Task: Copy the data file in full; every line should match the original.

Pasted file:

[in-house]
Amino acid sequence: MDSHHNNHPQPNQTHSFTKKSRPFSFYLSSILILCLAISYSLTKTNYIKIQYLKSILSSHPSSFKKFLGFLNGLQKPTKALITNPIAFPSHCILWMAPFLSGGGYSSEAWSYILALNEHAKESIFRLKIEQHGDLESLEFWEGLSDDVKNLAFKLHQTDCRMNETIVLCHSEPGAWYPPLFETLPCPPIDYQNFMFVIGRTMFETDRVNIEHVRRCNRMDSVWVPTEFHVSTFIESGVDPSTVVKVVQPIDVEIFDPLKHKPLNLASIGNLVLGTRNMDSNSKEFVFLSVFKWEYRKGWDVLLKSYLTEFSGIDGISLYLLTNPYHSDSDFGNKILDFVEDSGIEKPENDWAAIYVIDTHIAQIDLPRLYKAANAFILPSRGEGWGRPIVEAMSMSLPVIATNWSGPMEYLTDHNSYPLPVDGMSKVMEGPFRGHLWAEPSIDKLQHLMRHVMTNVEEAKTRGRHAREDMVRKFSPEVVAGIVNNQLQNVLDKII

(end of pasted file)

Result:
[in-house]
Amino acid sequence: MDSHHNNHPQPNQTHSFTKKSRPFSFYLSSILILCLAISYSLTKTNYIKIQYLKSILSSHPSSFKKFLGFLNGLQKPTKALITNPIAFPSHCILWMAPFLSGGGYSSEAWSYILALNEHAKESIFRLKIEQHGDLESLEFWEGLSDDVKNLAFKLHQTDCRMNETIVLCHSEPGAWYPPLFETLPCPPIDYQNFMFVIGRTMFETDRVNIEHVRRCNRMDSVWVPTEFHVSTFIESGVDPSTVVKVVQPIDVEIFDPLKHKPLNLASIGNLVLGTRNMDSNSKEFVFLSVFKWEYRKGWDVLLKSYLTEFSGIDGISLYLLTNPYHSDSDFGNKILDFVEDSGIEKPENDWAAIYVIDTHIAQIDLPRLYKAANAFILPSRGEGWGRPIVEAMSMSLPVIATNWSGPMEYLTDHNSYPLPVDGMSKVMEGPFRGHLWAEPSIDKLQHLMRHVMTNVEEAKTRGRHAREDMVRKFSPEVVAGIVNNQLQNVLDKII